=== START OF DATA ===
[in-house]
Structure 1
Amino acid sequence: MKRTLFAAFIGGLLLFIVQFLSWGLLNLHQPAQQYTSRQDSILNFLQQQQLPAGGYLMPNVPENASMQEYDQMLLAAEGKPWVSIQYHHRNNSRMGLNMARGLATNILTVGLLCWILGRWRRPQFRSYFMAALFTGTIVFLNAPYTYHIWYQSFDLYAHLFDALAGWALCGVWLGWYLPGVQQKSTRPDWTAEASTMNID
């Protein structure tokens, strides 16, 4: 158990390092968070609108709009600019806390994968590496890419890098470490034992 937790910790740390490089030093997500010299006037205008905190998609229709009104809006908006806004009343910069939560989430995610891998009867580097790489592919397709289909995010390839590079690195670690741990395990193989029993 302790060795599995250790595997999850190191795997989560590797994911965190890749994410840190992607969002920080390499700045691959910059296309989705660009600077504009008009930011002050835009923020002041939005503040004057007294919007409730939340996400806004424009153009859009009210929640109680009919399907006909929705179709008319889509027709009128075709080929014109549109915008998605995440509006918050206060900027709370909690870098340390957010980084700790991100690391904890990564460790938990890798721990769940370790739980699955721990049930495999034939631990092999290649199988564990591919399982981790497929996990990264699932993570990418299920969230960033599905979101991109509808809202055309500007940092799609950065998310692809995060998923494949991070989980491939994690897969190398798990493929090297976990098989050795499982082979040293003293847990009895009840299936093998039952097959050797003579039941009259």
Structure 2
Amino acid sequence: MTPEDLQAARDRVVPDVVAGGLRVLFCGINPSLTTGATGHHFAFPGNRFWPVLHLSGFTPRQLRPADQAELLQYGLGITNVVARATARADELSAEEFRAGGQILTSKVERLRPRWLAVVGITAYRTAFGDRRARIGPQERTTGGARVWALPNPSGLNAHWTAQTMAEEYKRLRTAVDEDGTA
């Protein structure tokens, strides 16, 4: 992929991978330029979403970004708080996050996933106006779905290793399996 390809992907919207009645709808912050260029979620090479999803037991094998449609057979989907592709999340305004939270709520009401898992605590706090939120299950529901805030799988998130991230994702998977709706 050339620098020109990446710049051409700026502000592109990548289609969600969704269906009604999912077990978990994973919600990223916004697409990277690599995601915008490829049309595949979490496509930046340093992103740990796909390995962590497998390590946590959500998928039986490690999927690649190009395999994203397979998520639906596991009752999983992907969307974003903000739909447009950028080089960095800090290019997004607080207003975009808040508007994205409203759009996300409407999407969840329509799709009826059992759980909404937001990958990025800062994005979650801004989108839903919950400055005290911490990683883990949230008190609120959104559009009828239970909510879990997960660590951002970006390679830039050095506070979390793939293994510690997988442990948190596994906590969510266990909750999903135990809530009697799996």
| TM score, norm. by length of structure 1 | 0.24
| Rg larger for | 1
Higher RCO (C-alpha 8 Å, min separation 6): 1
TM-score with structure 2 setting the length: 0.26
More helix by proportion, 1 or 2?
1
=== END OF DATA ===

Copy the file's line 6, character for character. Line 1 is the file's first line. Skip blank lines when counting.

Amino acid sequence: MTPEDLQAARDRVVPDVVAGGLRVLFCGINPSLTTGATGHHFAFPGNRFWPVLHLSGFTPRQLRPADQAELLQYGLGITNVVARATARADELSAEEFRAGGQILTSKVERLRPRWLAVVGITAYRTAFGDRRARIGPQERTTGGARVWALPNPSGLNAHWTAQTMAEEYKRLRTAVDEDGTA